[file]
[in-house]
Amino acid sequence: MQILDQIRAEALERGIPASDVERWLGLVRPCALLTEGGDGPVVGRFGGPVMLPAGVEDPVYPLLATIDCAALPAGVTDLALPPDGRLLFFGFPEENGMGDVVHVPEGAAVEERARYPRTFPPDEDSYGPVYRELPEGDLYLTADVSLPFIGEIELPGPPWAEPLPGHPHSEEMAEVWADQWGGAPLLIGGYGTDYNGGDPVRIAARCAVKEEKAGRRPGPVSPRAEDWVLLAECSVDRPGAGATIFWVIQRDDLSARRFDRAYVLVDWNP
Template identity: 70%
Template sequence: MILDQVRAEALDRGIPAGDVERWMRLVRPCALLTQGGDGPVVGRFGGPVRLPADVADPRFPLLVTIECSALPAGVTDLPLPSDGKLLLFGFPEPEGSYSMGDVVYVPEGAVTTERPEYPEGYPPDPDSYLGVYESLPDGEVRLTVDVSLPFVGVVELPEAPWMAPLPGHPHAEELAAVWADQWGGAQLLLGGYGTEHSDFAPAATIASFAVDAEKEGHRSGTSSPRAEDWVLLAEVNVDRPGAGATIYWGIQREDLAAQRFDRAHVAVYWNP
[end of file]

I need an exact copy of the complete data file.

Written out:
[in-house]
Amino acid sequence: MQILDQIRAEALERGIPASDVERWLGLVRPCALLTEGGDGPVVGRFGGPVMLPAGVEDPVYPLLATIDCAALPAGVTDLALPPDGRLLFFGFPEENGMGDVVHVPEGAAVEERARYPRTFPPDEDSYGPVYRELPEGDLYLTADVSLPFIGEIELPGPPWAEPLPGHPHSEEMAEVWADQWGGAPLLIGGYGTDYNGGDPVRIAARCAVKEEKAGRRPGPVSPRAEDWVLLAECSVDRPGAGATIFWVIQRDDLSARRFDRAYVLVDWNP
Template identity: 70%
Template sequence: MILDQVRAEALDRGIPAGDVERWMRLVRPCALLTQGGDGPVVGRFGGPVRLPADVADPRFPLLVTIECSALPAGVTDLPLPSDGKLLLFGFPEPEGSYSMGDVVYVPEGAVTTERPEYPEGYPPDPDSYLGVYESLPDGEVRLTVDVSLPFVGVVELPEAPWMAPLPGHPHAEELAAVWADQWGGAQLLLGGYGTEHSDFAPAATIASFAVDAEKEGHRSGTSSPRAEDWVLLAEVNVDRPGAGATIYWGIQREDLAAQRFDRAHVAVYWNP